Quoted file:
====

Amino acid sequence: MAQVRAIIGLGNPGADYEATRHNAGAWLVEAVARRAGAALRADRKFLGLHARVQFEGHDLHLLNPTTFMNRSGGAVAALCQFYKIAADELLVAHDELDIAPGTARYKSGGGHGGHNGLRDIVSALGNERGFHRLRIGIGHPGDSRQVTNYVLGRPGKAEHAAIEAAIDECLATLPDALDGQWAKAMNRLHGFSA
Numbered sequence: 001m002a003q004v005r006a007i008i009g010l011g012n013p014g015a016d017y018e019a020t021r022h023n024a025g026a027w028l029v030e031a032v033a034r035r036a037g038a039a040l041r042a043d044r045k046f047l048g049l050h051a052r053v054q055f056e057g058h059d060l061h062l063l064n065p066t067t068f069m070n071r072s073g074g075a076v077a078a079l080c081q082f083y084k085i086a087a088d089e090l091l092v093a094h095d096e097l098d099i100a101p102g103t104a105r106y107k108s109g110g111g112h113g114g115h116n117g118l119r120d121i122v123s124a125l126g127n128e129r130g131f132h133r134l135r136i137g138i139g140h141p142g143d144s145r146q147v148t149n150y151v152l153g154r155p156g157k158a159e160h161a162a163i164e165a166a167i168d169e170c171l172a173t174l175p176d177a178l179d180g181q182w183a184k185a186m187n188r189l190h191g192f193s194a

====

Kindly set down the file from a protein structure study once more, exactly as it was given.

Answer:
Amino acid sequence: MAQVRAIIGLGNPGADYEATRHNAGAWLVEAVARRAGAALRADRKFLGLHARVQFEGHDLHLLNPTTFMNRSGGAVAALCQFYKIAADELLVAHDELDIAPGTARYKSGGGHGGHNGLRDIVSALGNERGFHRLRIGIGHPGDSRQVTNYVLGRPGKAEHAAIEAAIDECLATLPDALDGQWAKAMNRLHGFSA
Numbered sequence: 001m002a003q004v005r006a007i008i009g010l011g012n013p014g015a016d017y018e019a020t021r022h023n024a025g026a027w028l029v030e031a032v033a034r035r036a037g038a039a040l041r042a043d044r045k046f047l048g049l050h051a052r053v054q055f056e057g058h059d060l061h062l063l064n065p066t067t068f069m070n071r072s073g074g075a076v077a078a079l080c081q082f083y084k085i086a087a088d089e090l091l092v093a094h095d096e097l098d099i100a101p102g103t104a105r106y107k108s109g110g111g112h113g114g115h116n117g118l119r120d121i122v123s124a125l126g127n128e129r130g131f132h133r134l135r136i137g138i139g140h141p142g143d144s145r146q147v148t149n150y151v152l153g154r155p156g157k158a159e160h161a162a163i164e165a166a167i168d169e170c171l172a173t174l175p176d177a178l179d180g181q182w183a184k185a186m187n188r189l190h191g192f193s194a